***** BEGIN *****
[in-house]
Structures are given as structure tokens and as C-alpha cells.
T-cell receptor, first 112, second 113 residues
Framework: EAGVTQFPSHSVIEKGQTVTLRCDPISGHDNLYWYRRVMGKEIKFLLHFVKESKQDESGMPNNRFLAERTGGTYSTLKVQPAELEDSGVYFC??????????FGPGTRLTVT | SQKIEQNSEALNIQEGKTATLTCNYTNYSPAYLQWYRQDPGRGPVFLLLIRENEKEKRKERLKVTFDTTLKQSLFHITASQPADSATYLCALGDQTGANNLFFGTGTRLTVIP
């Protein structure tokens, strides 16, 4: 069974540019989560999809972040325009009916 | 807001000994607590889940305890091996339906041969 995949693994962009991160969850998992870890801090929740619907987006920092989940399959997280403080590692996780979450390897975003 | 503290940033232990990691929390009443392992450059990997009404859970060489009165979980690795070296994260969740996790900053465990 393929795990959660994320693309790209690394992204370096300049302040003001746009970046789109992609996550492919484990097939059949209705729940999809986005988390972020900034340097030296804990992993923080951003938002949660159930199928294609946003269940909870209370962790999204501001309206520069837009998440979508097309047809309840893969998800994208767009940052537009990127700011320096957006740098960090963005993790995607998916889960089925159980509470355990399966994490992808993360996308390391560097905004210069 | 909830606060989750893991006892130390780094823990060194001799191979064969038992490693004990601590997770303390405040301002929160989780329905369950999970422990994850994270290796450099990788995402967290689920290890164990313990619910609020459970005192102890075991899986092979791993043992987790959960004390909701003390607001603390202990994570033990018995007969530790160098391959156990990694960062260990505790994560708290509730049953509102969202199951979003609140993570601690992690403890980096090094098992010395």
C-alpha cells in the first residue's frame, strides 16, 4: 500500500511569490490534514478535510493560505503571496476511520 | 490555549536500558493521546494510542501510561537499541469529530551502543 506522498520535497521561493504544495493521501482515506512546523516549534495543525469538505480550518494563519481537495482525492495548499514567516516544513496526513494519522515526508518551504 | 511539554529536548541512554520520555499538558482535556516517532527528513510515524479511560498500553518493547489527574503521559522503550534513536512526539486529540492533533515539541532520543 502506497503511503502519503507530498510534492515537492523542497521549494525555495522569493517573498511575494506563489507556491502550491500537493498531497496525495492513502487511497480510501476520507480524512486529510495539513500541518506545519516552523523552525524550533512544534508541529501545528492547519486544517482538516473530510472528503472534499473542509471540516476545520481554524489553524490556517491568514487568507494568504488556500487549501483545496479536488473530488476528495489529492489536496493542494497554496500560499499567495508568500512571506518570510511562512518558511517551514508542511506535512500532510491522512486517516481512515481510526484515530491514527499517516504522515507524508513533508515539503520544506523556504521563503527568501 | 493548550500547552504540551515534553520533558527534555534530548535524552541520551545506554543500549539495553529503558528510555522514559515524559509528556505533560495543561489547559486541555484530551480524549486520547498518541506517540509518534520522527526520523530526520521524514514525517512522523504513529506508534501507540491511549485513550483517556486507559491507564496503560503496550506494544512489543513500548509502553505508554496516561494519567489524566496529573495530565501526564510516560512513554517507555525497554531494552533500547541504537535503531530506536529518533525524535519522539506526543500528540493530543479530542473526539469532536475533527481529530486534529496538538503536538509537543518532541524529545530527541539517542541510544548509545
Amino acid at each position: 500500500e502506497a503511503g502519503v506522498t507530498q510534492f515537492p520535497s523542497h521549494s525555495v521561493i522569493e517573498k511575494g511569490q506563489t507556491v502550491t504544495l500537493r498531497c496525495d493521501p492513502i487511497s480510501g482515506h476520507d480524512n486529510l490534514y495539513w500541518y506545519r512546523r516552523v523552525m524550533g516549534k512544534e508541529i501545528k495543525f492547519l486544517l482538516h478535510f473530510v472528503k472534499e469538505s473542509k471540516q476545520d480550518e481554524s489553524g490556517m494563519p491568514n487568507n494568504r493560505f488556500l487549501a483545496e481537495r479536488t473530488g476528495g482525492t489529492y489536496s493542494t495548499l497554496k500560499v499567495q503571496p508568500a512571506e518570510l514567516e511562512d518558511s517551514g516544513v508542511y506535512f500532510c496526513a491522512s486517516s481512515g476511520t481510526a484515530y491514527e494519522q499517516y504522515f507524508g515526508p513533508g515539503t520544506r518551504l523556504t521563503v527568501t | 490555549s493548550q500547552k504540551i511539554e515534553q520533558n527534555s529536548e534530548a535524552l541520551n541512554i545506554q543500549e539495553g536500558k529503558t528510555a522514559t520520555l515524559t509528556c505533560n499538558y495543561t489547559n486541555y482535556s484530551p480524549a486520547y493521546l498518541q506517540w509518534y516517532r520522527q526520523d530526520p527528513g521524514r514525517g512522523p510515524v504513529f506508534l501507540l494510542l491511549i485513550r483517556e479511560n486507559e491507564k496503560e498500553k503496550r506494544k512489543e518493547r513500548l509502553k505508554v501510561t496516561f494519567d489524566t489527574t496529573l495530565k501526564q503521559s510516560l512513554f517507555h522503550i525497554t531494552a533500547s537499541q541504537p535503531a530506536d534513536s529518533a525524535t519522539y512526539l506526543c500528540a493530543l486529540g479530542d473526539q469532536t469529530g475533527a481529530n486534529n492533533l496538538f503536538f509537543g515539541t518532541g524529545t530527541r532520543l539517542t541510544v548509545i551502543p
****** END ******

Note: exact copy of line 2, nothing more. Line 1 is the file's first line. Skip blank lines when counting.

Structures are given as structure tokens and as C-alpha cells.